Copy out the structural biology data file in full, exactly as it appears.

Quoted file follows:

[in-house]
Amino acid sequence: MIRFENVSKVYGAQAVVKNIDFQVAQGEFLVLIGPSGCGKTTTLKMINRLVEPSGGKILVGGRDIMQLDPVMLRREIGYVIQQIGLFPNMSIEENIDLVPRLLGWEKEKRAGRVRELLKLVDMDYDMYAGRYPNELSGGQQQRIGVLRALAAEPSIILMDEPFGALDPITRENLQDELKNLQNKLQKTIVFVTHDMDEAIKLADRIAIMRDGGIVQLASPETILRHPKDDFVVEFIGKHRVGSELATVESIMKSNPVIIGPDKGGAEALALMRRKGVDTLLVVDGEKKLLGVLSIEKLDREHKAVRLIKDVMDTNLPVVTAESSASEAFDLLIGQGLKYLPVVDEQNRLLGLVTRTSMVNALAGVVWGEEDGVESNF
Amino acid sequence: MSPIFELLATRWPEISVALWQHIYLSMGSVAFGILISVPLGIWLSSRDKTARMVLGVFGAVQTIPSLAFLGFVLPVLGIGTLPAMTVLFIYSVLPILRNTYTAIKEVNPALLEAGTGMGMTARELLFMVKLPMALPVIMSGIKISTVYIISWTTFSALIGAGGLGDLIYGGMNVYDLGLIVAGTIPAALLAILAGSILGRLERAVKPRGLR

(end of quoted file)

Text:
[in-house]
Amino acid sequence: MIRFENVSKVYGAQAVVKNIDFQVAQGEFLVLIGPSGCGKTTTLKMINRLVEPSGGKILVGGRDIMQLDPVMLRREIGYVIQQIGLFPNMSIEENIDLVPRLLGWEKEKRAGRVRELLKLVDMDYDMYAGRYPNELSGGQQQRIGVLRALAAEPSIILMDEPFGALDPITRENLQDELKNLQNKLQKTIVFVTHDMDEAIKLADRIAIMRDGGIVQLASPETILRHPKDDFVVEFIGKHRVGSELATVESIMKSNPVIIGPDKGGAEALALMRRKGVDTLLVVDGEKKLLGVLSIEKLDREHKAVRLIKDVMDTNLPVVTAESSASEAFDLLIGQGLKYLPVVDEQNRLLGLVTRTSMVNALAGVVWGEEDGVESNF
Amino acid sequence: MSPIFELLATRWPEISVALWQHIYLSMGSVAFGILISVPLGIWLSSRDKTARMVLGVFGAVQTIPSLAFLGFVLPVLGIGTLPAMTVLFIYSVLPILRNTYTAIKEVNPALLEAGTGMGMTARELLFMVKLPMALPVIMSGIKISTVYIISWTTFSALIGAGGLGDLIYGGMNVYDLGLIVAGTIPAALLAILAGSILGRLERAVKPRGLR